Timing, location strengths for WPS Farm Show

Ray Mueller

Oshkosh - The timing of the event and its location are two of the many strengths of the annual WPS Farm Show, according to manager Rob Juneau, who is in his 9th year in that role. This year's show, to be held on Tuesday to Thursday, March 28 to 30, will be the 57th.

Rob Juneau

The show dates in the last week of March are ideal because winter-like weather conditions are not likely to occur and because the show is held just a few days or weeks before farmers begin to gear up for another cropping year, Juneau indicates.

At the Experimental Aircraft Association (EAA) grounds, the show is within about two hours driving time on major highways for a majority of the Wisconsin farmers who come to it, Juneau observes. Compared to the previous location in the vicinity of Lambeau Field and the Brown County Arena in Green Bay, the site is also more conveniently accessible for exhibitors to bring in their large equipment and displays, he adds.

Juneau also points out that weather conditions during the show are crucial for the large number of exhibitors who are set up outside on the EAA grounds, where the event has been staged for 15 years. Weather conditions dictate how much time show attendees will spend visiting those exhibitors, he explains.

Exhibitor lineup

By mid-March, all of the indoor exhibit space in the four hangars had been allocated, Juneau notes. By that time, there were 506 exhibitors from at least 20 states, three provinces in Canada, and The Netherlands. With a few more additions, he says the exhibitor numbers would be about the same as in recent years.

Juneau finds that 90 to 95 percent of the exhibitors decide to return after having been at the show in the previous year. Because of the show's orientation, exhibitors know that they'll be drawing a crowd from the agricultural sector and the visitors know what kinds of products and services they'll be able to learn about, he notes.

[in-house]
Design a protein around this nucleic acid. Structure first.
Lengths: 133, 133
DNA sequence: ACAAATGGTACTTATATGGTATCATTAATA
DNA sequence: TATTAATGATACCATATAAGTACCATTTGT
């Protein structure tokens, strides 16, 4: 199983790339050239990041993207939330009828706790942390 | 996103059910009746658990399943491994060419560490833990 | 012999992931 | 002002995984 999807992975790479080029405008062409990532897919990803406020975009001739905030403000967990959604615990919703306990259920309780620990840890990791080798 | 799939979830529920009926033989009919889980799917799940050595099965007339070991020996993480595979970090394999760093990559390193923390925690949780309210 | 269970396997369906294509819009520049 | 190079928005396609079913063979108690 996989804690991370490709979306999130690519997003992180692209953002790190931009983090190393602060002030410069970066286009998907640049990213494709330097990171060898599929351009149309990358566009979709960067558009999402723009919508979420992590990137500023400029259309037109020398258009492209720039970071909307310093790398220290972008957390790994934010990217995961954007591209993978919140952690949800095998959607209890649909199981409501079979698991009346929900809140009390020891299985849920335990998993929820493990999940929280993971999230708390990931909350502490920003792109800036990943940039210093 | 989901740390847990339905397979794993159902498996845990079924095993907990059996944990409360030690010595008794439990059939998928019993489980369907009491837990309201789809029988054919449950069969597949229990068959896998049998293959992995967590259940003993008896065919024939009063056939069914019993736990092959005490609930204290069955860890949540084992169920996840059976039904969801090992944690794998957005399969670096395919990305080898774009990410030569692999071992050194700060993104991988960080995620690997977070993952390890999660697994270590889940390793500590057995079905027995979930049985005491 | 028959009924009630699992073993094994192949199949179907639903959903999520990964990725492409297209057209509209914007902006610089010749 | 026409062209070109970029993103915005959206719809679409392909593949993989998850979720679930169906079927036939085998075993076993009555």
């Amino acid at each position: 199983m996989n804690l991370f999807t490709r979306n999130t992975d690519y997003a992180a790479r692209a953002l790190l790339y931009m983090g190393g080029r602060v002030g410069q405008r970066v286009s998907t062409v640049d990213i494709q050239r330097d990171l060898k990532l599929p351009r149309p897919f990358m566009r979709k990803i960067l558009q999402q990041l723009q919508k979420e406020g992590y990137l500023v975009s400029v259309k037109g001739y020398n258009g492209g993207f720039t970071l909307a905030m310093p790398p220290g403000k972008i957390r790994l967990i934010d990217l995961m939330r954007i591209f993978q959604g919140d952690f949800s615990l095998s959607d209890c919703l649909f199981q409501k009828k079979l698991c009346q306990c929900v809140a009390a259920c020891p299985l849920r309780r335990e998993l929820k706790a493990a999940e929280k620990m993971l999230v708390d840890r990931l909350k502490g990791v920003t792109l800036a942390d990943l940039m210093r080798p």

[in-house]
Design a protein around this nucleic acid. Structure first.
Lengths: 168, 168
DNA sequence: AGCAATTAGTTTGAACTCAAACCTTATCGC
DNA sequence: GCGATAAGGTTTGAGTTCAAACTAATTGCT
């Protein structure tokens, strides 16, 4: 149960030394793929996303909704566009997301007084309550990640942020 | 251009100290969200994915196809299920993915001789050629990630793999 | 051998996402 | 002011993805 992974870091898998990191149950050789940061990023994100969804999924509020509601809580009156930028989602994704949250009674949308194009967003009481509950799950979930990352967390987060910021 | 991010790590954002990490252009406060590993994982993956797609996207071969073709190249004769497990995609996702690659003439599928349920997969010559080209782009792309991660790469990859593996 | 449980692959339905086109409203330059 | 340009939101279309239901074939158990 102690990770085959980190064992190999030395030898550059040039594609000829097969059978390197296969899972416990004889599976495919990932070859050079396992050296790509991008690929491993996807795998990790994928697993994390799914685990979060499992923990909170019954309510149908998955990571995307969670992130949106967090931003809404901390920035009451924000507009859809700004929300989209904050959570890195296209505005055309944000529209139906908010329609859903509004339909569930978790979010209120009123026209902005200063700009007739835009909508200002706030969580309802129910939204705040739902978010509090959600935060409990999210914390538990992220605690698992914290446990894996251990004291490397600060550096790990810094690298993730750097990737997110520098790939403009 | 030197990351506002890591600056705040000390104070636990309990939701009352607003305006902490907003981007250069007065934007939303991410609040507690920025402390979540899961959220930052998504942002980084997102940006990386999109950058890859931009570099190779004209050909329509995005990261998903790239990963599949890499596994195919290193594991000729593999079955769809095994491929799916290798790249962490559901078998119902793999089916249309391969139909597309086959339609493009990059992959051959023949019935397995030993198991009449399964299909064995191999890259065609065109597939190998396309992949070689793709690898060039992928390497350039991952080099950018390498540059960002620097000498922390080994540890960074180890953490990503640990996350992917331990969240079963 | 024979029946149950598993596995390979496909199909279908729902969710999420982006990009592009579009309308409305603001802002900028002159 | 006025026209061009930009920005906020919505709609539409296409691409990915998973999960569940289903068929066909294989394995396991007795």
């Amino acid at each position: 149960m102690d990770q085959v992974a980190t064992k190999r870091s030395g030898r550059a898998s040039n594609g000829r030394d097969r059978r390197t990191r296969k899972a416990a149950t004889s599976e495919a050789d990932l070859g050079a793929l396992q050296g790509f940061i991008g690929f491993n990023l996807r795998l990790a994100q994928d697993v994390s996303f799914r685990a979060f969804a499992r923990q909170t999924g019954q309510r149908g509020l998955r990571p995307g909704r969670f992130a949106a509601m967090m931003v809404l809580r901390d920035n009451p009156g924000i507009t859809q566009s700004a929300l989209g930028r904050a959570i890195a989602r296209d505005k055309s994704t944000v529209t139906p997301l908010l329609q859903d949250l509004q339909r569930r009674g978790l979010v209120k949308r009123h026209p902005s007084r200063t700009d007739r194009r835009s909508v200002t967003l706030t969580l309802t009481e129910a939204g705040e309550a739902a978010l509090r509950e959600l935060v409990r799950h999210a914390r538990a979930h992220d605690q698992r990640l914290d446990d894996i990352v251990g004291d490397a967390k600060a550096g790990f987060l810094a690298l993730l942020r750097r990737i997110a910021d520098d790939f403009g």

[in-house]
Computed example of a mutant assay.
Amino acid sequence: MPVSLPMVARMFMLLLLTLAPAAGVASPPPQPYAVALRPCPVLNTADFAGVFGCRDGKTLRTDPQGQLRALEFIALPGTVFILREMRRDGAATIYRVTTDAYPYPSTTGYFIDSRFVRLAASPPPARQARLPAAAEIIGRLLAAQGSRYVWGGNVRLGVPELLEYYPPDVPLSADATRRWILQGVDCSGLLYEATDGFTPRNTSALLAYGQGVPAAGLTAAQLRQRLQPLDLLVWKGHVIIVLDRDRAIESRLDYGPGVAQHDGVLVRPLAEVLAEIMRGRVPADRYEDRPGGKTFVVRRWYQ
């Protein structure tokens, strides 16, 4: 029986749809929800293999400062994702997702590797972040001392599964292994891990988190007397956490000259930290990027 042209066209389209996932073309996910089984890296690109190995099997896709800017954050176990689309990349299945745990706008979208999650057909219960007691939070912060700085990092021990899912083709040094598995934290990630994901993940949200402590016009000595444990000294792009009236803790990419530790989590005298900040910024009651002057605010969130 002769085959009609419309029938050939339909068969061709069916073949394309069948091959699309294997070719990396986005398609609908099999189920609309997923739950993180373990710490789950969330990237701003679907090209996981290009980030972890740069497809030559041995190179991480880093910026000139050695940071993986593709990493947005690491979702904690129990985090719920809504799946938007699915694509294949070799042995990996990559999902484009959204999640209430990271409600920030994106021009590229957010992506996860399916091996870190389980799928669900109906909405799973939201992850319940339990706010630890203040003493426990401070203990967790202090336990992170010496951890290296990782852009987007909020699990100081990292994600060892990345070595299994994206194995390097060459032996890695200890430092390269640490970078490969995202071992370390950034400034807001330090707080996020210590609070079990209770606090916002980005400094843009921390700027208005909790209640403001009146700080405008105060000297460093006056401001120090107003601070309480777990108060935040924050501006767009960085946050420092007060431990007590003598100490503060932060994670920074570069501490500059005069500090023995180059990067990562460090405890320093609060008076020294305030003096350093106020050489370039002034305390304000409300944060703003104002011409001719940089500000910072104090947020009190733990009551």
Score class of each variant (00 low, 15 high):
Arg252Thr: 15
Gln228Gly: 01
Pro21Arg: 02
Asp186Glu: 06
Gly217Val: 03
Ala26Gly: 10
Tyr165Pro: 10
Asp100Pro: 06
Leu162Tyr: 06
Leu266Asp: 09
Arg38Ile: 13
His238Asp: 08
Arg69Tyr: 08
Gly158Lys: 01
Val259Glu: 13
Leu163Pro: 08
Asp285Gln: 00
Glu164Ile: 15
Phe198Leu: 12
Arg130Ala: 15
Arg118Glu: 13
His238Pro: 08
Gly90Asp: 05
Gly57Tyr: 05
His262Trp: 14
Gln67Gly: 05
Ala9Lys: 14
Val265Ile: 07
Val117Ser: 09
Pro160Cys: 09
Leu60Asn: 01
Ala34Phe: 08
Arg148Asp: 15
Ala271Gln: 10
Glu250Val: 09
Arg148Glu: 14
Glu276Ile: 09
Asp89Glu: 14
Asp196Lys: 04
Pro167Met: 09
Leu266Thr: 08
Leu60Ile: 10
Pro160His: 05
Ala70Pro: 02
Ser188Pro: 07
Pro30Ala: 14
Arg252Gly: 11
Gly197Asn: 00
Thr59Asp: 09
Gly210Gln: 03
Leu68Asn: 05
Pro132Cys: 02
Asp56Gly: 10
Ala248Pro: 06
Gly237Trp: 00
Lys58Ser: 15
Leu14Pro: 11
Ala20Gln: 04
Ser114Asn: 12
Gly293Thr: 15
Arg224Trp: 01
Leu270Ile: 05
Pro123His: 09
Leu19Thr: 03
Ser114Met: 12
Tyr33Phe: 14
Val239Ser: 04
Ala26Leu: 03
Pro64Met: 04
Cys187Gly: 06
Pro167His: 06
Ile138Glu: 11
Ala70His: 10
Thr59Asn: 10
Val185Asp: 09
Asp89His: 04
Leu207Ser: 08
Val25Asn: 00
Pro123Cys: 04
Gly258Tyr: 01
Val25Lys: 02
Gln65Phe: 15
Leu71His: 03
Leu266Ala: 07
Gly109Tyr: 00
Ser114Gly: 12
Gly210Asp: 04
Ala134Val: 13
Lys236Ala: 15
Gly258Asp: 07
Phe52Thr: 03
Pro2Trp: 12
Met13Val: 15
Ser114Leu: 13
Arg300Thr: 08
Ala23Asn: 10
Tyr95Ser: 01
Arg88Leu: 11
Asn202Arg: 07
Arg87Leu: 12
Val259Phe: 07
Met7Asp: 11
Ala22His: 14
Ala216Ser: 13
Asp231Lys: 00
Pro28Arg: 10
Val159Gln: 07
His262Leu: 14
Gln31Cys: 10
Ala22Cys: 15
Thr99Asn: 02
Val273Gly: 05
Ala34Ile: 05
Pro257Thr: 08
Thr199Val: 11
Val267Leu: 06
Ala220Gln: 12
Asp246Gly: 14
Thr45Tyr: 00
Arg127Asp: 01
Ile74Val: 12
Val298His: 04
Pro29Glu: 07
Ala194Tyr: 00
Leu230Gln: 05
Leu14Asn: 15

Exhibitors are striving to provide their farmer clients with products and ideas to improve labor efficiency, increase production, and make money, Juneau states. Among the fairly new items to be shown exhibitors this year are an innovative milking unit arrangement and an automatic feed pusher machine for free-stall barns, he reports.

Show sidelights

One related activity at the show is the presentation of one or two seminars on each of the three days. Although the meeting room isn't always filled for those sessions, Juneau isn't particularly bothered by that because the topics are often covered in other venues by the Extension Service, the Professional Dairy Producers of Wisconsin, other organizations, and private companies which provide services and products to farmers. But any presentation on renewable energy is likely to fill the seminar room, he notes.

Juneau also assures attendees who were caught in a traffic backup two years ago that there was “a drastic improvement” on show entry in 2016. With how the situation was addressed after what happened in 2015, he's confident that the traffic flow will be good again this year. “I'll be keeping an eye on it,” he promises.

One caution, also weather related, that Juneau shares is the parking will be affected depending on whether the grassy areas on the grounds are frozen or not. If the turf is soft, parking will be restricted to the concrete, he notes. If this results in too great a walking distance for attendees, he indicates that a shuttle bus service is available from the parking lot to the Farm Show entrance.

Juneau notes that another important reason for running a well-managed show is the fact that WPS (Wisconsin Public Service) has many of the show's attendees and exhibitors as customers for its main business of supplying electric power and natural gas.

Regarding how the show is conducted, Juneau points out that all exhibitors are invited to complete a survey and that attendees are also welcome to share their input. He can be reached at (866) 920-3276.